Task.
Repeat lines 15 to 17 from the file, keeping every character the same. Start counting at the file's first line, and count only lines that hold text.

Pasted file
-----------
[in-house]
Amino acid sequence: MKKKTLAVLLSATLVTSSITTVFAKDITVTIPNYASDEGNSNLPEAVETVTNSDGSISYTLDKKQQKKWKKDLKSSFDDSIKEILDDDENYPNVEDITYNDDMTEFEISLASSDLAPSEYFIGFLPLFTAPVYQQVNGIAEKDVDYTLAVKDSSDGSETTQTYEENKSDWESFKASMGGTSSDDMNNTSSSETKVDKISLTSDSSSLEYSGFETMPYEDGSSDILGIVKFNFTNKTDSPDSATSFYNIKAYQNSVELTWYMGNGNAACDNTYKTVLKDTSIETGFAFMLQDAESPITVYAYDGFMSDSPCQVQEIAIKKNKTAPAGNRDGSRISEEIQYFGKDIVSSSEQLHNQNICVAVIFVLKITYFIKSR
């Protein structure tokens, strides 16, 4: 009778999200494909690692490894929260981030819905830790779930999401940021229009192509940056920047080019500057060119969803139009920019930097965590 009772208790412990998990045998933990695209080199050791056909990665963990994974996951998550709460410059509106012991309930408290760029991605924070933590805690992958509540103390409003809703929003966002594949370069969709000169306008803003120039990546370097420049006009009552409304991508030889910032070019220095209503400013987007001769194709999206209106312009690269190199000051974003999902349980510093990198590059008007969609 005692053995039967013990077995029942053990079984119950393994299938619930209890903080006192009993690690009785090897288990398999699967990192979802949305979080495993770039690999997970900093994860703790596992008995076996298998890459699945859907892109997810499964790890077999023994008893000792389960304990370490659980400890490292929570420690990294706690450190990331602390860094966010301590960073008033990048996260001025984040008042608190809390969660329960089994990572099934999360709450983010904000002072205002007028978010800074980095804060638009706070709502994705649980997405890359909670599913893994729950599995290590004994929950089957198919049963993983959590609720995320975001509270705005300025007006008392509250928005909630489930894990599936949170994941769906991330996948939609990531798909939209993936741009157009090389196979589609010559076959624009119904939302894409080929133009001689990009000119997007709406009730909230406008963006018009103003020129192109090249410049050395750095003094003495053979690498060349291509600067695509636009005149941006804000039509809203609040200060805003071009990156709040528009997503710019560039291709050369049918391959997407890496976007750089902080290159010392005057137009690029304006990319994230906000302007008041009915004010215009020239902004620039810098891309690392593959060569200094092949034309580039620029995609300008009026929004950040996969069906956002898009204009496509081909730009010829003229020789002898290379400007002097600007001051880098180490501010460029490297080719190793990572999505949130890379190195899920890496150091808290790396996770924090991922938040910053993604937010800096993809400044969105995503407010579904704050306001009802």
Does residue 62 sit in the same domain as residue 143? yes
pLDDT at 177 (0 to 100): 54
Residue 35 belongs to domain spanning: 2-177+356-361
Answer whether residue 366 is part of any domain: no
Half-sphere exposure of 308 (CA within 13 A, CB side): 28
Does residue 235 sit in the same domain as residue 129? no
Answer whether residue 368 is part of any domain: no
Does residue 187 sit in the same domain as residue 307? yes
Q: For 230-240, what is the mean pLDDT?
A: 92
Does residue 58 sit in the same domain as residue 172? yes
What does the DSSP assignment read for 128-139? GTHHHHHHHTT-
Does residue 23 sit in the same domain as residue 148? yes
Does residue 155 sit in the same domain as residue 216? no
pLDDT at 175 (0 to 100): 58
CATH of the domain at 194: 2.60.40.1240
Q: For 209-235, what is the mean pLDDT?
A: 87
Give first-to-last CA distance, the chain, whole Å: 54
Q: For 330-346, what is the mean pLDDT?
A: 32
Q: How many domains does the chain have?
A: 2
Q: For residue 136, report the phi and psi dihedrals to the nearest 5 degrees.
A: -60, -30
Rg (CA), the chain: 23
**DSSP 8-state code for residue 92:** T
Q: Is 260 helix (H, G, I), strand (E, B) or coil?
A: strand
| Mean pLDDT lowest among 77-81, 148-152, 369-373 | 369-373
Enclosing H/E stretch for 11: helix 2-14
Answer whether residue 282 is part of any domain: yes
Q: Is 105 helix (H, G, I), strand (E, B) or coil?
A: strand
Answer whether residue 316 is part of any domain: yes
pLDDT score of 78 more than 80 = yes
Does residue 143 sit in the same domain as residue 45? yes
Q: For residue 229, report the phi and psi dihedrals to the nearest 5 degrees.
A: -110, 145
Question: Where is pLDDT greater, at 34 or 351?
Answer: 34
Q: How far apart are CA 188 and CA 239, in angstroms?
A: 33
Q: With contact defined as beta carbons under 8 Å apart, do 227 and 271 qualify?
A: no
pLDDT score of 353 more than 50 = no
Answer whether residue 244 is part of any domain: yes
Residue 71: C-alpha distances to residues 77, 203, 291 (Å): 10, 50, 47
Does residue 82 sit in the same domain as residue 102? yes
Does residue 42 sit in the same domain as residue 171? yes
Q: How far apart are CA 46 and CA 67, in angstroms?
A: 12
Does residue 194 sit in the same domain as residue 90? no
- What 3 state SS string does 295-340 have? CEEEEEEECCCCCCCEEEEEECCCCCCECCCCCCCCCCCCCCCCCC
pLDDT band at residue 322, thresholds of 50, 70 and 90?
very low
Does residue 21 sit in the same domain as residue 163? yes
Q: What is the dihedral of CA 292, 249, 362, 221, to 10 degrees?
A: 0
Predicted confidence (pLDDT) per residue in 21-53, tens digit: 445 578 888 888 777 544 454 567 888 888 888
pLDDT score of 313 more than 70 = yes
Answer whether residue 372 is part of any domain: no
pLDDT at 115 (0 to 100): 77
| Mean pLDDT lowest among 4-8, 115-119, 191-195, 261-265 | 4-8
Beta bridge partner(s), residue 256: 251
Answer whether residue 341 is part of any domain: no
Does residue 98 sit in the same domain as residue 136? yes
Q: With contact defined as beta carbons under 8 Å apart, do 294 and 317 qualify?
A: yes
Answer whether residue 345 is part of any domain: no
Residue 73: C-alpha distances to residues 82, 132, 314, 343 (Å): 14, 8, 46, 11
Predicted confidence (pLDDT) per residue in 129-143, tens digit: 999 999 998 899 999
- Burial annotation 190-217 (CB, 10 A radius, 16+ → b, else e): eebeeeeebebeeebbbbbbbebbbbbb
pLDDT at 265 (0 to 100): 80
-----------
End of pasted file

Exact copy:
What does the DSSP assignment read for 128-139? GTHHHHHHHTT-
Does residue 23 sit in the same domain as residue 148? yes
Does residue 155 sit in the same domain as residue 216? no